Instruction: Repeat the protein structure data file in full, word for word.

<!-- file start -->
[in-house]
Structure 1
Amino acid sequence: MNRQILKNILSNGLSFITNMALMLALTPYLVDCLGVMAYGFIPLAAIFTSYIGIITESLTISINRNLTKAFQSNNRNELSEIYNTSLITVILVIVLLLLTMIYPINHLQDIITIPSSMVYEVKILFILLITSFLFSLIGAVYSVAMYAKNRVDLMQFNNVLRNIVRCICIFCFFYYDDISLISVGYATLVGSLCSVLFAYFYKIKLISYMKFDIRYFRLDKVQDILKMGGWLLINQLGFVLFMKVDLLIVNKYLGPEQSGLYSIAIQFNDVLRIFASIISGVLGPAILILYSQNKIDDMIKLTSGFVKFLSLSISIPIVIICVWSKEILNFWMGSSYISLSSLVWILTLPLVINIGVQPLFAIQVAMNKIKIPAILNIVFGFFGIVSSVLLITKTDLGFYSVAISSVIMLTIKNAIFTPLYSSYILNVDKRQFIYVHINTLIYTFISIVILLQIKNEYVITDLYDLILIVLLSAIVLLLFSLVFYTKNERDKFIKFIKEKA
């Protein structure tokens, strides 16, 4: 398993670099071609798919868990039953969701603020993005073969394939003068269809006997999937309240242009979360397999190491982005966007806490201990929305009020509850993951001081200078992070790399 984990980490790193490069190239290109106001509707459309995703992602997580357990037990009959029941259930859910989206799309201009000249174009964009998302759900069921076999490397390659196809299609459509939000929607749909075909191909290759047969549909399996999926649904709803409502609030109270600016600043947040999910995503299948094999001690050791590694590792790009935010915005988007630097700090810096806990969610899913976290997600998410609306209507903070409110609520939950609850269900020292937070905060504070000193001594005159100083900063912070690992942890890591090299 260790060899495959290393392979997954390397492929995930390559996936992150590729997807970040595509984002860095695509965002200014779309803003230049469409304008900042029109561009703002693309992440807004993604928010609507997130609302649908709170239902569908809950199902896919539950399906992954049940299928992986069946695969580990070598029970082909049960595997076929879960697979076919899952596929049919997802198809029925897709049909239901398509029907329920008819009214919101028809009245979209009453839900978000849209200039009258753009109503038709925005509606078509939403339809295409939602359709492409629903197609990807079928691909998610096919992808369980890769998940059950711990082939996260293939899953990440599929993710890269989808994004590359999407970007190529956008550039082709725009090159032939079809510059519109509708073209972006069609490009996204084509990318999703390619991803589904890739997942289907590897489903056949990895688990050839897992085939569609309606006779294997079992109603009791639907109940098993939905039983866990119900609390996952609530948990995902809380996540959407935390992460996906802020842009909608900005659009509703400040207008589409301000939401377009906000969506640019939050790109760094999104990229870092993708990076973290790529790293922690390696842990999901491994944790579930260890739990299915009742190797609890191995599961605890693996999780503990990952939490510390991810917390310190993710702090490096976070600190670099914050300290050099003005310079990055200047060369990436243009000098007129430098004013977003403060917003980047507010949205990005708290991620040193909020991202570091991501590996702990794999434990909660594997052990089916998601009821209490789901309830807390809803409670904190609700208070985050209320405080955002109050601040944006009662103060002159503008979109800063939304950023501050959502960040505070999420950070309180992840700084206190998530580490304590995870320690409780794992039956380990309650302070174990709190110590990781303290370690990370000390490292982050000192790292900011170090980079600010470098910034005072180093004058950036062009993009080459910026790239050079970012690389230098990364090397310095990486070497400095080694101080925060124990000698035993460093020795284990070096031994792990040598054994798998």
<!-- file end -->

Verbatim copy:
[in-house]
Structure 1
Amino acid sequence: MNRQILKNILSNGLSFITNMALMLALTPYLVDCLGVMAYGFIPLAAIFTSYIGIITESLTISINRNLTKAFQSNNRNELSEIYNTSLITVILVIVLLLLTMIYPINHLQDIITIPSSMVYEVKILFILLITSFLFSLIGAVYSVAMYAKNRVDLMQFNNVLRNIVRCICIFCFFYYDDISLISVGYATLVGSLCSVLFAYFYKIKLISYMKFDIRYFRLDKVQDILKMGGWLLINQLGFVLFMKVDLLIVNKYLGPEQSGLYSIAIQFNDVLRIFASIISGVLGPAILILYSQNKIDDMIKLTSGFVKFLSLSISIPIVIICVWSKEILNFWMGSSYISLSSLVWILTLPLVINIGVQPLFAIQVAMNKIKIPAILNIVFGFFGIVSSVLLITKTDLGFYSVAISSVIMLTIKNAIFTPLYSSYILNVDKRQFIYVHINTLIYTFISIVILLQIKNEYVITDLYDLILIVLLSAIVLLLFSLVFYTKNERDKFIKFIKEKA
């Protein structure tokens, strides 16, 4: 398993670099071609798919868990039953969701603020993005073969394939003068269809006997999937309240242009979360397999190491982005966007806490201990929305009020509850993951001081200078992070790399 984990980490790193490069190239290109106001509707459309995703992602997580357990037990009959029941259930859910989206799309201009000249174009964009998302759900069921076999490397390659196809299609459509939000929607749909075909191909290759047969549909399996999926649904709803409502609030109270600016600043947040999910995503299948094999001690050791590694590792790009935010915005988007630097700090810096806990969610899913976290997600998410609306209507903070409110609520939950609850269900020292937070905060504070000193001594005159100083900063912070690992942890890591090299 260790060899495959290393392979997954390397492929995930390559996936992150590729997807970040595509984002860095695509965002200014779309803003230049469409304008900042029109561009703002693309992440807004993604928010609507997130609302649908709170239902569908809950199902896919539950399906992954049940299928992986069946695969580990070598029970082909049960595997076929879960697979076919899952596929049919997802198809029925897709049909239901398509029907329920008819009214919101028809009245979209009453839900978000849209200039009258753009109503038709925005509606078509939403339809295409939602359709492409629903197609990807079928691909998610096919992808369980890769998940059950711990082939996260293939899953990440599929993710890269989808994004590359999407970007190529956008550039082709725009090159032939079809510059519109509708073209972006069609490009996204084509990318999703390619991803589904890739997942289907590897489903056949990895688990050839897992085939569609309606006779294997079992109603009791639907109940098993939905039983866990119900609390996952609530948990995902809380996540959407935390992460996906802020842009909608900005659009509703400040207008589409301000939401377009906000969506640019939050790109760094999104990229870092993708990076973290790529790293922690390696842990999901491994944790579930260890739990299915009742190797609890191995599961605890693996999780503990990952939490510390991810917390310190993710702090490096976070600190670099914050300290050099003005310079990055200047060369990436243009000098007129430098004013977003403060917003980047507010949205990005708290991620040193909020991202570091991501590996702990794999434990909660594997052990089916998601009821209490789901309830807390809803409670904190609700208070985050209320405080955002109050601040944006009662103060002159503008979109800063939304950023501050959502960040505070999420950070309180992840700084206190998530580490304590995870320690409780794992039956380990309650302070174990709190110590990781303290370690990370000390490292982050000192790292900011170090980079600010470098910034005072180093004058950036062009993009080459910026790239050079970012690389230098990364090397310095990486070497400095080694101080925060124990000698035993460093020795284990070096031994792990040598054994798998």